It’s becoming increasingly clear that the U.S. interventionist crowd is finding itself in a pickle with respect to the U.S. government’s 12-year occupation of Afghanistan and 12-year “war on terrorism. “
On the one hand, we have President Obama’s announcement that he’s going to end the Afghan occupation by 2014. On the other hand, we all know that there are still plenty of people to kill in Afghanistan who are denominated “terrorists.”
How does President Obama justify pulling U.S. troops and CIA operatives out of Afghanistan while there are still “terrorists” to kill there? Hasn’t the war on terrorism been the chief justification for the 12-year occupation of Afghanistan?
Recall that the initial invasion began with the accusation that Osama bin Laden and al-Qaida had orchestrated the 9/11 attacks. The matter had to be handled militarily, President Bush and the interventionists said, even though they never explained how it was that the 1993 terrorist attack on the World Trade Center was handled successfully as a criminal- justice problem, one that sent the perpetrators to jail without killing tens of thousands of innocent people in the process.
President Bush began by demanding that the Afghan government deliver bin Laden to the United States, even though there was no extradition agreement between the two countries. The Afghan government indicated its willingness to extradite bin Laden to a neutral country for trial but only on presentation of evidence of his complicity to the Afghan government.
Given that that’s the way that extradition proceedings work, it wasn’t an abnormal request. Nonetheless, President Bush refused to provide any evidence of Taliban complicity in the 9/11 attacks and demanded an unconditional delivery of bin Laden to the United States.
It was only after the Afghan government refused to comply with Bush’s unconditional extradition demand that Bush ordered the invasion of Afghanistan. Bush’s extradition demand is almost conclusive proof that the Afghan government never conspired with bin Laden to commit the 9/11 attacks. After all, it was clear that if the Afghan government had complied with Bush’s extradition demand, there never would have been a military invasion of Afghanistan. Moreover, if the Taliban really had conspired to commit the attacks, would Bush really have gone to the United Nations to seek authorization to invade Afghanistan rather than simply taking the position that the United States didn’t need UN authorization to defend itself?
Once the invasion took place, it became an opportunity to effect a regime-change operation, one by which the Taliban were ousted from power and replaced by the pro-U.S. submissive Karzai regime, one of the most crooked and corrupt regimes in recent history . Throughout the occupation, there have been massive numbers of Afghan people killed, most of whom had absolutely nothing to do with the 9/11 attacks.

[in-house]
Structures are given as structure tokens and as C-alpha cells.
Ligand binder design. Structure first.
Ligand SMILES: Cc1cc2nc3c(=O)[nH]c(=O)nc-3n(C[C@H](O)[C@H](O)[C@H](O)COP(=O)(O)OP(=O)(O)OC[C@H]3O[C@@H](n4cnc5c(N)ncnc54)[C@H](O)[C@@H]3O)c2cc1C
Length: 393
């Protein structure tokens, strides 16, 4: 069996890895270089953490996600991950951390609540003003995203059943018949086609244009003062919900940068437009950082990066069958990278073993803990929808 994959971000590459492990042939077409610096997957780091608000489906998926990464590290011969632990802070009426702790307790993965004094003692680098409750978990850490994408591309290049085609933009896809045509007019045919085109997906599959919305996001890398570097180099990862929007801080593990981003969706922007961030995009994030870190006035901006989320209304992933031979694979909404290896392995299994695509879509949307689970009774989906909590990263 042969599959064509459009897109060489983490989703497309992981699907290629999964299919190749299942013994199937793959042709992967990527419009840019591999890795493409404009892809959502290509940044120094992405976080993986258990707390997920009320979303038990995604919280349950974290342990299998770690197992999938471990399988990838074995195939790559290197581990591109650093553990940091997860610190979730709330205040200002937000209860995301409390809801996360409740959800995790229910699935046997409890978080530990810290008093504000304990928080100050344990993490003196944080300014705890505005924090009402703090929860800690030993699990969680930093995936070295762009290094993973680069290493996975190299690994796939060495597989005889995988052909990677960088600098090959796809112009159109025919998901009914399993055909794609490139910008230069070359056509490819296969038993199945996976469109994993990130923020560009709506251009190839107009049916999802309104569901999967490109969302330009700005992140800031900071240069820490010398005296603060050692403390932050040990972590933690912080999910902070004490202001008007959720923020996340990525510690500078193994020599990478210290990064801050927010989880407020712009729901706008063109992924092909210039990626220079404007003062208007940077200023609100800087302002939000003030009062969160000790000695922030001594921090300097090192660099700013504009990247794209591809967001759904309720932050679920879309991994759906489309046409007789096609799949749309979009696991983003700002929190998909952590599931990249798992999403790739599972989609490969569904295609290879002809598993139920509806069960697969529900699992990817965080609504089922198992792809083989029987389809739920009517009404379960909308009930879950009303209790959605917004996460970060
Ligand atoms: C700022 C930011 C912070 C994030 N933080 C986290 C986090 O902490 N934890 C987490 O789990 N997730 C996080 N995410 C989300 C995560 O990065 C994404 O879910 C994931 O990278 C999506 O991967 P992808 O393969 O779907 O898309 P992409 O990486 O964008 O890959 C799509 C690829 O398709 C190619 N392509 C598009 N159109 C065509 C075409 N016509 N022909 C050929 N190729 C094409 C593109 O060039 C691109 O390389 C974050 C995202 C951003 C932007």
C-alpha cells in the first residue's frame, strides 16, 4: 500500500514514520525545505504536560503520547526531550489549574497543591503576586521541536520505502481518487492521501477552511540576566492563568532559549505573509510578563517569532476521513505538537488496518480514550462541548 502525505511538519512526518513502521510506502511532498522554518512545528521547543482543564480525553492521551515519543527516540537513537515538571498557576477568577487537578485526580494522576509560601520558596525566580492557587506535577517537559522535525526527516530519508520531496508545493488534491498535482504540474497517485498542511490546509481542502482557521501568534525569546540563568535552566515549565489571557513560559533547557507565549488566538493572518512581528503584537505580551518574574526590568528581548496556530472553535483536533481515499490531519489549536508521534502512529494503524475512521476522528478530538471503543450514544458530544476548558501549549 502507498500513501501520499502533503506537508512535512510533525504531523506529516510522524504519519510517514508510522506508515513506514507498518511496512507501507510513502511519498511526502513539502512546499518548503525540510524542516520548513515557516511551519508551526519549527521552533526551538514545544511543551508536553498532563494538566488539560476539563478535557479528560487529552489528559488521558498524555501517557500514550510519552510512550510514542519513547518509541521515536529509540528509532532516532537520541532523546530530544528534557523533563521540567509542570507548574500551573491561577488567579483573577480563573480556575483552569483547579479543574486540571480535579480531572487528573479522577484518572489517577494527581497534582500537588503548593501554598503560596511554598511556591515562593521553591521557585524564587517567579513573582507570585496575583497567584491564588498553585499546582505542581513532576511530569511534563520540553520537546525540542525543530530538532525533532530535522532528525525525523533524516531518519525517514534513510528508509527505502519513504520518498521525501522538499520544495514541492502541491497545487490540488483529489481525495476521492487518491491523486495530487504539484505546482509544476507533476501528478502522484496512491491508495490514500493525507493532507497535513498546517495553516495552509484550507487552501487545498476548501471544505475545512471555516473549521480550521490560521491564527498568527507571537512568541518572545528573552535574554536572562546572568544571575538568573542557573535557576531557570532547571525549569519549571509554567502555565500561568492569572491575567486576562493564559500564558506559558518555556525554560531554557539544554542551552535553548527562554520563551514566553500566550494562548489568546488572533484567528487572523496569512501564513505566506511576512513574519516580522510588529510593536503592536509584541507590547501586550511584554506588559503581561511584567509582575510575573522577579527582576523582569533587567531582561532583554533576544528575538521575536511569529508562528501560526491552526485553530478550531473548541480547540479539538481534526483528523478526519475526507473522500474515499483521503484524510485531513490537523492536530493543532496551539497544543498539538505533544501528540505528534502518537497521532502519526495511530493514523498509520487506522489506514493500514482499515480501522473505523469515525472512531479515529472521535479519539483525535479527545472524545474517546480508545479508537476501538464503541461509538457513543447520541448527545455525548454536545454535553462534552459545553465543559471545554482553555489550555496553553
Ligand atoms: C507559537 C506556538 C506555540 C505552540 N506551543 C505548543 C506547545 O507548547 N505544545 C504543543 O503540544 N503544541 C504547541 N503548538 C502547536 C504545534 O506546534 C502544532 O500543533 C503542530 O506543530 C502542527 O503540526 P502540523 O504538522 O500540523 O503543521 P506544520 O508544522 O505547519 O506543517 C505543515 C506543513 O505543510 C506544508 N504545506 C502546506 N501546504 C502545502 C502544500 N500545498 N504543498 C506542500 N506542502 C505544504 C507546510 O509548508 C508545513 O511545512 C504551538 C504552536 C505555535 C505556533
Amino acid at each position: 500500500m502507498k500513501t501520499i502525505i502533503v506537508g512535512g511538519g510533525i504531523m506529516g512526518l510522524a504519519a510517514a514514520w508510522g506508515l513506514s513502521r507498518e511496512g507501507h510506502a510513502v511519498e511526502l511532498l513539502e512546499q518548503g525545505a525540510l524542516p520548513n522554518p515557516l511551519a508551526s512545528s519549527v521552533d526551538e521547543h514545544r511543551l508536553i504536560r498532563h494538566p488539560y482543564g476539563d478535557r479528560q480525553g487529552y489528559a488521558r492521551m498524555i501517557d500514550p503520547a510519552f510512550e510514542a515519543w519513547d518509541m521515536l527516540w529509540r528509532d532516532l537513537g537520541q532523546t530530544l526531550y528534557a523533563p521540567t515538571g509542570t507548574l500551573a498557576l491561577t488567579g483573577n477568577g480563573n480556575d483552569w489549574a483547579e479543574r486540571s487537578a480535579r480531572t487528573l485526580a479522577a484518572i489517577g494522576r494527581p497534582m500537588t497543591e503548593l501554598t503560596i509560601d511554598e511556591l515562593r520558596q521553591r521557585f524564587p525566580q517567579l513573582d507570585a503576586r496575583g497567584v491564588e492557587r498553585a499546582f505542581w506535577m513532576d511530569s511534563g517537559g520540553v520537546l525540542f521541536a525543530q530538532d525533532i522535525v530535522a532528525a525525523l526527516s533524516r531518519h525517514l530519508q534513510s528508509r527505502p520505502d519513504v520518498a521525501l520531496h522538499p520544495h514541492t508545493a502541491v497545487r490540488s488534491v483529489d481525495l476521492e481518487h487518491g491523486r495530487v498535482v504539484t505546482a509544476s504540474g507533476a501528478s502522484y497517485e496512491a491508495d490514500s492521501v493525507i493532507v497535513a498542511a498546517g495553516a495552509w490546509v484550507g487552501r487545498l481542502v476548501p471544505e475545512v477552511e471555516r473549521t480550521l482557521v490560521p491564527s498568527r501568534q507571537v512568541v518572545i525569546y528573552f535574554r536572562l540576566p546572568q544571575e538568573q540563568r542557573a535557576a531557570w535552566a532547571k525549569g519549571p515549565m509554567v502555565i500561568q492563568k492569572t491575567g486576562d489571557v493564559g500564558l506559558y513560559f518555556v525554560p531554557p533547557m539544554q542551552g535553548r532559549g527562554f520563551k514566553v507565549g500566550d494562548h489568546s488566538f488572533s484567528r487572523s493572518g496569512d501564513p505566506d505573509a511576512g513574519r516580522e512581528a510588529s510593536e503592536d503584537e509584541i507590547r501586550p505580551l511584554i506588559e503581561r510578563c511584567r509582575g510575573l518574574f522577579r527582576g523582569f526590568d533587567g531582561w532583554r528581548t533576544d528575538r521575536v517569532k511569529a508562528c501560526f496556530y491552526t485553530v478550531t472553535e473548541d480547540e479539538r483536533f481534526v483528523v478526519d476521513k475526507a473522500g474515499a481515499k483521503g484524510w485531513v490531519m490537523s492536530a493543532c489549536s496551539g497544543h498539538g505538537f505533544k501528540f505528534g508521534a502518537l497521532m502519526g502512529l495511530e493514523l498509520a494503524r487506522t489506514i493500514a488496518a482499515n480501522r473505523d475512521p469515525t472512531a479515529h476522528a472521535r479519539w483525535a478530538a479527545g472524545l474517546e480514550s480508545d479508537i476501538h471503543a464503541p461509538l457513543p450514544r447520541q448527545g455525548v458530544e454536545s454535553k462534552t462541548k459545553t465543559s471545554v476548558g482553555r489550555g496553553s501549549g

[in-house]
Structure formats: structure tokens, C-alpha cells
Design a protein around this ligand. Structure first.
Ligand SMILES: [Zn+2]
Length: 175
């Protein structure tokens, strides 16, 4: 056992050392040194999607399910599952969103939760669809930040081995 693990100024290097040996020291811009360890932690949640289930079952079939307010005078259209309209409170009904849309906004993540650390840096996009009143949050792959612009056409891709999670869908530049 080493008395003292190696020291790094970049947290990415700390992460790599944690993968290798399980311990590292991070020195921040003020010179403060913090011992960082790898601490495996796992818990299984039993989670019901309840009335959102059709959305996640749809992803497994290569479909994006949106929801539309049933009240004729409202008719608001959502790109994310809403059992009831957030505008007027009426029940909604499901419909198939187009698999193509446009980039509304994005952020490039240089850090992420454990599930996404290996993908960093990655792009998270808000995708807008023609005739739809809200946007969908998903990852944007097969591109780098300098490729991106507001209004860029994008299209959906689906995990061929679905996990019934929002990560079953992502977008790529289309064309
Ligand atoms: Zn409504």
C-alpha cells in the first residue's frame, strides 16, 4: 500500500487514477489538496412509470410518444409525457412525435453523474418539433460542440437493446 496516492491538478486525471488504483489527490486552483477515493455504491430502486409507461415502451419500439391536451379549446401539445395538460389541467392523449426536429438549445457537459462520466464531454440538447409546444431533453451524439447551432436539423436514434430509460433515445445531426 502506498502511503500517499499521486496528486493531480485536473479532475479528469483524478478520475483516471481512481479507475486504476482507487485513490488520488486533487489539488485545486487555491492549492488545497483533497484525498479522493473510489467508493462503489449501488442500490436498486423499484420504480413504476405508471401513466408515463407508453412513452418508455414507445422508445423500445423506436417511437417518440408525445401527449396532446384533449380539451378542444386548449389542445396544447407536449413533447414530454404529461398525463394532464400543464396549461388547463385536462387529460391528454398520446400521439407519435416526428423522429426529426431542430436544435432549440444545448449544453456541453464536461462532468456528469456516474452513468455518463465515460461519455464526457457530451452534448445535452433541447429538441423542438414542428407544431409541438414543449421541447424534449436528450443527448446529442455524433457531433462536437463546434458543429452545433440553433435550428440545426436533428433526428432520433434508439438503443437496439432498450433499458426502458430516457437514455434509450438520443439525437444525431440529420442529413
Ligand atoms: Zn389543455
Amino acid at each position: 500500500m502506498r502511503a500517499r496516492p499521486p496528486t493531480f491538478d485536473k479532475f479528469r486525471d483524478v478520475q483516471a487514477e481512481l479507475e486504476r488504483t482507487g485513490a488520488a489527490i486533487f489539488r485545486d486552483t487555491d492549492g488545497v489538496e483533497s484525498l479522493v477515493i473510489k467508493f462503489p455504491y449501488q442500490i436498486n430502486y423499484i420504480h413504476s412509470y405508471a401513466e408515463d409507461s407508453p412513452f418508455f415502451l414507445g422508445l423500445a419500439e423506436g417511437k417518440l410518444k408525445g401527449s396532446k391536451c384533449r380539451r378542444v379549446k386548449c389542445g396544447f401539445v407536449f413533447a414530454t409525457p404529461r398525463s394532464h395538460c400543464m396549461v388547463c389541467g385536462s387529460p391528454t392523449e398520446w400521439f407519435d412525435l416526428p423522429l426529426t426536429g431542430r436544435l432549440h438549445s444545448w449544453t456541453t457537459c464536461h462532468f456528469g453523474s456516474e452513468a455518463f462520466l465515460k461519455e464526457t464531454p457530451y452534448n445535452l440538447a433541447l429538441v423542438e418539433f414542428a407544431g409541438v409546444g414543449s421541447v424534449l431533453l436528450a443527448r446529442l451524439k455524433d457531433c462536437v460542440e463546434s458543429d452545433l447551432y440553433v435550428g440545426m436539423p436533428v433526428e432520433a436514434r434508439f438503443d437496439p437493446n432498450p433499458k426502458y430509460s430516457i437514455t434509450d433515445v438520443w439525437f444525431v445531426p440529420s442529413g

The continuity of such killings, year after year, has always been justified under the “war on terrorism.” But it became increasingly clear, year after year, that the U.S. government, through its continued killing of Afghans, including women, children, bridal parties, and funeral parties, was generating a continuous supply of new terrorists. The more people they killed, the more the ranks of the terrorists swelled. Moreover, the definition of “terrorists” expanded from people who were accused of having committed the 9/11 attacks to people who are resisting the occupation of their country.
Despite the best “rebuilding” efforts of the Pentagon, most everyone agrees that Afghanistan is as far from being a paradise as possible. In fact, on Sunday the New York Times carried an article explaining that Americans are scrupulously avoiding Afghanistan as a place to visit or tour. The reason? They are almost certain to be killed or kidnapped. Indeed, one searches in vain for any evidence that even one U.S. interventionist has taken his family to Afghanistan for vacation ever since the U.S. invasion.
So, given the U.S. government has been in Afghanistan for 12 years under the guise of the “war on terrorism,” how does it justify exiting the country before killing all the terrorists? It seems to me that they have only one option — to say that they’ve “won” the war on terrorism, at least to such a degree that the continued occupation of the country is no longer necessary.
But if they say that, then what happens when people start to question the entire war-on-terrorism framework that has come into existence since 9/11? The Patriot Act, the enemy-combatant doctrine, military supremacy over civilians, indefinite detention, denial of due process, denial of trial by jury, and, of course, out-of-control federal spending owing in large part to the warfare state? Isn’t it likely that people are going to ask why such extraordinary, “temporary,” “emergency” powers are still necessary?
The warfare state apparatus has brought nothing but grief to the American people. It is the root cause of the anger and hatred that has manifested itself in the threat of terrorist retaliation. It has brought a darkness over American life with its endless “war on terrorism” and its ever-increasing, horrendous infringement on the civil liberties of the people. Dismantling this un-American apparatus is the key to restoring a normally functioning society to our land, one that is based on freedom, harmony, and prosperity.
The impending end of the Afghanistan occupation provides the American people with an excellent opportunity to question and discuss the entire warfare-state apparatus, along with the massive federal spending and borrowing that come with it. It’s what should have been done at the end of the Cold War. It should be done now.
Jacob G. Hornberger is founder and president of The Future of Freedom Foundation.
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